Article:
GAZA CITY, Gaza Strip (AP) — The Israeli military unleashed another heavy wave of airstrikes Monday on the Gaza Strip, saying it destroyed militant tunnels and the homes of nine Hamas commanders. International diplomacy to end the weeklong war that has killed hundreds appeared to make little headway. Israel has said it will press on for now with its attacks against Hamas, the militant group that rules Gaza, and the United States signaled it would not pressure the two sides for a cease-fire. The latest attacks destroyed the five-story building housing the Hamas-run Religious Affairs Ministry, a building Israel said housed the main operations center of Hamas' internal security forces. Israel also killed a top Gaza leader of Islamic Jihad, another militant group whom the Israeli military blamed for some of the thousands of rocket attacks launched at Israel in recent days. Israel said its strikes destroyed 15 kilometers (9 miles) of tunnels used by militants. At least 200 Palestinians have been killed in the week of airstrikes, including 59 children and 35 women, with some 1,300 people wounded, according to the Gaza Health Ministry. Ten people in Israel, including a 5-year-old boy and a soldier, have been killed in the ongoing rocket attacks launched from civilian areas in Gaza toward civilian areas in Israel. Violence has also erupted between Jews and Arabs inside Israel, leaving scores of people injured. On Monday, a Jewish man attacked last week by a group of Arabs in the central city of Lod died of his wounds, according to police. Prime Minister Benjamin Netanyahu met with top security officials on Monday evening and later said Israel would “continue to strike terror targets” in Gaza. “We will continue to operate as long as necessary in order to return calm and security to all Israeli citizens,” he said. The new airstrikes, which hit Gaza overnight Monday and again in the evening, hollowed out one floor of a multistory concrete building and killed five people. A woman picked through clothing, rubble and splintered furniture in a room that had been destroyed. One strike demolished the wall of one room, leaving untouched an open cabinet filled with bedding inside. Children walked over debris in the road. A car in the street that witnesses said was hit by an airstrike was bent and torn, its roof ripped back and what was left of the driver's side door smeared with blood. A beachside cafe the car had just left was splintered and on fire. Rescue workers tried to put out the blaze with a small fire extinguisher. Gaza City’s mayor, Yahya Sarraj, said the strikes had caused extensive damage to roads and other infrastructure. He said water supplies to hundreds of households were disrupted. “We are trying hard to provide water, but the situation remains difficult,” he said. The U.N. has warned that the territory's sole power station is at risk of running out of fuel. Gaza already experiences daily power outages for between eight and 12 hours, and tap water is undrinkable. Mohammed Thabet, a spokesman for the territory's electricity distribution company, said it has fuel to supply Gaza with electricity for two or three days. Israel also said it targeted what it suspected was a Hamas submergible weapon preparing for an attack on Israel's coast. The war broke out May 10, when Hamas fired long-range rockets at Jerusalem after weeks of clashes in the holy city between Palestinian protesters and Israeli police. The protests were focused on the heavy-handed policing of a flashpoint sacred site during the Muslim holy month of Ramadan and the threatened eviction of dozens of Palestinian families by Jewish settlers. More protests were expected across the region Tuesday in response to a call by Palestinian citizens of Israel for a general strike. The protest has the support of Palestinian Authority President Mahmoud Abbas’ Fatah party. The Biden administration has declined so far to publicly criticize Israel’s part in the fighting or send a top-level envoy to the region. On Monday, the United States again blocked a proposed U.N. Security Council statement calling for an end to “the crisis related to Gaza” and the protection of civilians, especially children. Speaking to reporters during a trip to Denmark, Secretary of State Antony Blinken said the United States would support any initiative to stop the fighting, but signaled the country did not intend to put pressure on the two sides to accept a cease-fire. “Ultimately it is up to the parties to make clear that they want to pursue a cease-fire,” he said. German Chancellor Angela Merkel, who spoke Monday with Israeli Prime Minister Benjamin Netanyahu, emphasized her country's solidarity with Israel, condemned the continued rocket attacks from Gaza, and expressed hope for a swift end to the fighting, according to her office. Hamas’ top leader, Ismail Haniyeh, who is based abroad, said the group has been contacted by the United Nations, Russia, Egypt and Qatar as part of cease-fire efforts but “will not accept a solution that is not up to the sacrifices of the Palestinian people.” Since the fighting began, the Israeli military has launched hundreds of airstrikes it says are targeting Hamas’ militant infrastructure. Palestinian militants in Gaza have fired more than 3,200 rockets into Israel. Israeli military officials said Hamas had stockpiled about 15,000 rockets before the war started. Rocket attacks continued Monday, with one hitting a building in the city of Ashdod that caused injuries, the Israeli police said. Israel’s airstrikes have leveled a number of Gaza City’s tallest buildings, which Israel alleges contained Hamas military infrastructure. Among them was the building housing The Associated Press Gaza office and those of other media outlets. Netanyahu alleged that Hamas military intelligence was operating inside the building and said any evidence would be shared through intelligence channels. Blinken said he hasn’t yet seen any evidence supporting Israel’s claim. AP President Gary Pruitt called for an independent investigation into the attack. “As we have said, we have no indication of a Hamas presence in the building, nor were we warned of any such possible presence before the airstrike,” he said in a statement. “This is something we check as best we can. We do not know what the Israeli evidence shows, and we want to know.” The Israeli military said it struck 35 “terror targets” Monday as well as the tunnels, which it says are part of an elaborate system it refers to as the “Metro,” used by fighters to take cover from airstrikes. They included a strike against a building that housed the Qatari Red Crescent, Qatar said. That attack killed a man and a 12-year-old girl. The tunnels extend for hundreds of kilometers (miles), with some more than 20 meters (yards) deep, according to an Israeli Air Force official who spoke to reporters on condition of anonymity, in keeping with regulations. The official said Israel was not trying to destroy all the tunnels, just chokepoints and major junctions. The military also said it struck nine houses in different parts of northern Gaza that belonged to “high-ranking commanders” in Hamas. Islamic Jihad said a strike killed Hasam Abu Harbid, the militant group’s commander for the northern Gaza Strip. Hamas and Islamic Jihad say at least 20 of their fighters have been killed, while Israel says the number is at least 130 and has released the names of and photos of more than two dozen militant commanders it says were “eliminated.” The Gaza Health Ministry, which is controlled by Hamas, does not give a breakdown of how many casualties were militants or civilians. ___ This story has been updated to correct that Hamas leader Ismail Haniyeh said the group has been contacted by the United Nations, not the United States. ___ Nessman reported from Atlanta, Associated Press writers Joseph Krauss in Jerusalem, Bassem Mroue in Beirut, Matthew Lee in Copenhagen, and Samy Magdy in Cairo contributed. Fares Akram And Ravi Nessman, The Associated Press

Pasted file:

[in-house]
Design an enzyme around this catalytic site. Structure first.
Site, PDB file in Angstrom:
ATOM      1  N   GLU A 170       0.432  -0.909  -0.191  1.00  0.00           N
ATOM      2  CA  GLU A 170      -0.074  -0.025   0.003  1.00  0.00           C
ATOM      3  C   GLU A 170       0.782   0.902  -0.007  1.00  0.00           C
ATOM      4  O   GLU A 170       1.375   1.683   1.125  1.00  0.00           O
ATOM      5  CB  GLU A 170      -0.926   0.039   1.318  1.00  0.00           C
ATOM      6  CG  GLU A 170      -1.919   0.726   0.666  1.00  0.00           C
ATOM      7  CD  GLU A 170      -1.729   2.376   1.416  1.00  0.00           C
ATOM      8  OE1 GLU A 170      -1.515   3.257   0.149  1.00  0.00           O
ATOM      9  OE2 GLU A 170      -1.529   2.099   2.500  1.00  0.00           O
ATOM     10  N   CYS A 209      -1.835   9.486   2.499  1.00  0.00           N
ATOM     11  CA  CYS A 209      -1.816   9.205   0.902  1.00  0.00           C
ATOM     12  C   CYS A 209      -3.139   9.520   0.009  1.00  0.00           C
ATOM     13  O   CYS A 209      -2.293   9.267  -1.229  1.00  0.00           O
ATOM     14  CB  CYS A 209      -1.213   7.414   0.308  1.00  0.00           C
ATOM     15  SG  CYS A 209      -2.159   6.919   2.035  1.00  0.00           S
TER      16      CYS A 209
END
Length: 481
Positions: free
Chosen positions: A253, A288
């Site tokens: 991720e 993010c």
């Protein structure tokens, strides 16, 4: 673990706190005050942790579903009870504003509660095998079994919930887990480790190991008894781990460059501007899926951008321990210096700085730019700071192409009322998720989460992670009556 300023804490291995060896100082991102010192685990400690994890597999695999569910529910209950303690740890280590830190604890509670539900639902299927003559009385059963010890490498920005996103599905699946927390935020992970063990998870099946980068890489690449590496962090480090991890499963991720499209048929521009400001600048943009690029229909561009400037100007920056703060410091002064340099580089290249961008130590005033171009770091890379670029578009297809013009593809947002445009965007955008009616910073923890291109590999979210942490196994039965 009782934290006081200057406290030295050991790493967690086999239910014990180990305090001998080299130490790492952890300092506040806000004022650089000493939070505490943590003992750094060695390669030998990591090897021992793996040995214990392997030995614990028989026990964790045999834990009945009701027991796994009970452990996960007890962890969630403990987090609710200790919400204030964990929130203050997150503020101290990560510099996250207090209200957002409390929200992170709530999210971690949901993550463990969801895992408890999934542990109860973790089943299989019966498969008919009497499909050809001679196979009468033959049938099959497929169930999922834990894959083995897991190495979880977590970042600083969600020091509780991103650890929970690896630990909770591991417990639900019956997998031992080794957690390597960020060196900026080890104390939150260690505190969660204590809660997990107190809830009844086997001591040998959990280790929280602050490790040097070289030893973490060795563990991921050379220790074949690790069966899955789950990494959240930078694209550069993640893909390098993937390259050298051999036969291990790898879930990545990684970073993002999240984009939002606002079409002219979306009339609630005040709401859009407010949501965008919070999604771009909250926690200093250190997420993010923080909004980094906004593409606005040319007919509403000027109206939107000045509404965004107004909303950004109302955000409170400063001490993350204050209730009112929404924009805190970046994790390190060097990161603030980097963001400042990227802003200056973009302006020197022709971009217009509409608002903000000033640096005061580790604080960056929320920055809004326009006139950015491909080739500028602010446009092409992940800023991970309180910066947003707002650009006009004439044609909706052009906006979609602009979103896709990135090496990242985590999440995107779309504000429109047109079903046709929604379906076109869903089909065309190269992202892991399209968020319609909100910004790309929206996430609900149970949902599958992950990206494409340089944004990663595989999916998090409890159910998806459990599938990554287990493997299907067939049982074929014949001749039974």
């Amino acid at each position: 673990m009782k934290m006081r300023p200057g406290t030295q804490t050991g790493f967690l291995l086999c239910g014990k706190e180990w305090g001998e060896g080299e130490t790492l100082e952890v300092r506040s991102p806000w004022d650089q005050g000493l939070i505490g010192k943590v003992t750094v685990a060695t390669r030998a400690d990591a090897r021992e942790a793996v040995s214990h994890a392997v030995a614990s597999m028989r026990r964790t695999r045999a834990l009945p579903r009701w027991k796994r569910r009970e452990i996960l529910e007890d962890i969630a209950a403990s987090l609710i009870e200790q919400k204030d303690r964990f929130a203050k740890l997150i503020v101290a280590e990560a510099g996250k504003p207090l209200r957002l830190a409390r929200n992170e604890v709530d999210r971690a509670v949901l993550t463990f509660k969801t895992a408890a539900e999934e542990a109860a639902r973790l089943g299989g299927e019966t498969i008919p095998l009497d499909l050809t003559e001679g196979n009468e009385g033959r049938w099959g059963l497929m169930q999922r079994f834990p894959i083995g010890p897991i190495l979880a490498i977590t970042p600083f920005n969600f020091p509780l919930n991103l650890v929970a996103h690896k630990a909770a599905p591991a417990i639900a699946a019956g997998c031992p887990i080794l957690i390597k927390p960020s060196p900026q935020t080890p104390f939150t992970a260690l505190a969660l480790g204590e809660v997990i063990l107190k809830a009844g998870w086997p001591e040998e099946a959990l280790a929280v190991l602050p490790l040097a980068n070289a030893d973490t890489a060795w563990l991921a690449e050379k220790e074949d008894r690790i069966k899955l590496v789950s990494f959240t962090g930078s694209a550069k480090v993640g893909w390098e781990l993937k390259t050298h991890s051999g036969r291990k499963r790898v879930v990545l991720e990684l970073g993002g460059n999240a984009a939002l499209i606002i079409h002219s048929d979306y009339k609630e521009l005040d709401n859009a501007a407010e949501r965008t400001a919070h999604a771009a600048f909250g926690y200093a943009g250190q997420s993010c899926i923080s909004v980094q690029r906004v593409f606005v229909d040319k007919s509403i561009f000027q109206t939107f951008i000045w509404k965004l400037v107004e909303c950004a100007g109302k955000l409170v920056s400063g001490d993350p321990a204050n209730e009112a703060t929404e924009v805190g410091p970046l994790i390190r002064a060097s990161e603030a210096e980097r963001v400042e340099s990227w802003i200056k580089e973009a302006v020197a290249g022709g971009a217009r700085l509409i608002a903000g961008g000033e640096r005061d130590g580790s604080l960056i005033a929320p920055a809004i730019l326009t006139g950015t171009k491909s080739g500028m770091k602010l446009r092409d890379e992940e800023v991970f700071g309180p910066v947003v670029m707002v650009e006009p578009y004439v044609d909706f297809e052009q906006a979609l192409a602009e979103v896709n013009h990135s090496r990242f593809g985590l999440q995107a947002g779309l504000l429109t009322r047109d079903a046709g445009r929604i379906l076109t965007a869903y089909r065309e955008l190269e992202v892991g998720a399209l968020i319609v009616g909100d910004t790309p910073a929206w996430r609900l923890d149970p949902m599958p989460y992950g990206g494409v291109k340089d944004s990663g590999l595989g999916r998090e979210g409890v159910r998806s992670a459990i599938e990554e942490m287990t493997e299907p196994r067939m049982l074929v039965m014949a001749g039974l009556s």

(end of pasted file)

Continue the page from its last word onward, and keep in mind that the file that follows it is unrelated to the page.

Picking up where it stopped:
A Kentucky couple has been arrested after law enforcement officers allegedly found a small child living in “deplorable conditions” at a home in Boone County.